Super Small Animals
Biologist Patrick Aryee explores the fascinating secrets behind what makes small animals successful, from a little lemur to a tiny armadillo.
From a primate that's no bigger than a mouse to a chameleon that can fit on your fingertip, the natural world is full of fantastically small animals. Biologist Patrick Aryee explores the secrets of their success.
There's the little lemur whose diminutive frame helps it to exploit a unique gap in the ecosystem, the hummingbird that uses its size to outmanoeuvre the competition and the world's smallest seahorse, which never has to leave home. He also explores why small animals are proportionally the strongest in the world and introduces a peanut-sized beetle that can pull over a thousand times its own weight.
Next he explores the challenges that animals face when they shrink in size and the ingenious ways they overcome them. We find out how the smallest armadillo in the world manages to control its temperature in the desert sun and the how the world's smallest fish can survive in a puddle.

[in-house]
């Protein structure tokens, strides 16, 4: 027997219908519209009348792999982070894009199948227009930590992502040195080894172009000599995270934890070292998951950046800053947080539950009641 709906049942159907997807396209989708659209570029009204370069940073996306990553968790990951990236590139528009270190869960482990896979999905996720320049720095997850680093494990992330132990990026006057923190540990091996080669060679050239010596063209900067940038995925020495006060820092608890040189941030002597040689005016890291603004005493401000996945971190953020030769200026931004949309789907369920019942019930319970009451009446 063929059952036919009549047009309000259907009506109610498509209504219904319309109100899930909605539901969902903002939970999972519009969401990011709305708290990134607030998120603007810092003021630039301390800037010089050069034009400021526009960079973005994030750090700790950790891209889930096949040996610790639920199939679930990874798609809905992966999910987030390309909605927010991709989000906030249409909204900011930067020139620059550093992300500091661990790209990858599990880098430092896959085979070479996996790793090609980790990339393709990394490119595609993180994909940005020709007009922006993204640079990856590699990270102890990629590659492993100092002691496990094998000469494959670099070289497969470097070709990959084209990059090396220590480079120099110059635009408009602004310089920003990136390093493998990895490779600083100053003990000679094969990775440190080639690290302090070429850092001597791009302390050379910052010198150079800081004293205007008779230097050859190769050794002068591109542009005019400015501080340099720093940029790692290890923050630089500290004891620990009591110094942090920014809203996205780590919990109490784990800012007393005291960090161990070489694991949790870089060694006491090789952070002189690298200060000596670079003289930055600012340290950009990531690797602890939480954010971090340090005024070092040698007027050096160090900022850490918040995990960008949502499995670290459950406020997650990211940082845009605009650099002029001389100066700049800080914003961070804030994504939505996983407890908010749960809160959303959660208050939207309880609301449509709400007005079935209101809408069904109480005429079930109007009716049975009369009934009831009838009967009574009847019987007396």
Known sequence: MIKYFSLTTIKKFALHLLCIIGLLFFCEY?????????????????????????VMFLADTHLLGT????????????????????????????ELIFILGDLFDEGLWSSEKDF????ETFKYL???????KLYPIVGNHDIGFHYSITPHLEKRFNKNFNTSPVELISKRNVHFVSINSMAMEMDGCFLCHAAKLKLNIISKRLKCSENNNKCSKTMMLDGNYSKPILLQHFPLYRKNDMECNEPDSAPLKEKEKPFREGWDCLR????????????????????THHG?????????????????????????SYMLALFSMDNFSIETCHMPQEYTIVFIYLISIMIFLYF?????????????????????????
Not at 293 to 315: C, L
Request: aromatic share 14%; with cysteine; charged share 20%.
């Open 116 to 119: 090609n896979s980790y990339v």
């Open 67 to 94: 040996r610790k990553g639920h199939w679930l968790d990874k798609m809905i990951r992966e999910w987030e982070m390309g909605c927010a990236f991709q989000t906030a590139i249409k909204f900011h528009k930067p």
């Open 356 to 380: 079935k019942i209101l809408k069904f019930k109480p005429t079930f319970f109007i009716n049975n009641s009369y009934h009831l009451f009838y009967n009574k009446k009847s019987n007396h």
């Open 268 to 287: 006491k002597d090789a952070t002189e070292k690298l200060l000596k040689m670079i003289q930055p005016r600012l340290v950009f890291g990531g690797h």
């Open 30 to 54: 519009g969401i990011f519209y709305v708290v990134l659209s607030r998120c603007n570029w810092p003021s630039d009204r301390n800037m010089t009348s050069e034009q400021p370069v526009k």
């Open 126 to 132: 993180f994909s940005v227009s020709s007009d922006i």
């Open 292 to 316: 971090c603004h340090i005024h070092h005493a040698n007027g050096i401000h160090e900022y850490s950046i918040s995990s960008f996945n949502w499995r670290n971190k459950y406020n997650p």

Patrick meets a secretive hippo that lives in the dense jungle, as well as some of the world's smallest snakes that give birth to enormous babies. He also meets a scientist that studies how tiny spiders have a trick that enables them to travel 40 miles per day, using almost no energy.
Then there are the animals that refuse to be pigeonholed as small. He puts some astonishing invertebrates to the test to see how they work together to become much bigger than the sum of their parts and meets a pint-sized predator that takes on some of the largest and most dangerous creatures on the planet, getting hands on to discover how its build helps it to be brave.
Finally he uncovers the lengths that deep sea anglerfish go to in order to be big and small at the same time, and he has an encounter with a tiny carnivore that manages to be small in just one direction.
Timings (where shown) are from the start of the programme in hours and minutes
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|Executive Producer||Jo Shinner|
|Executive Producer||Doug Hope|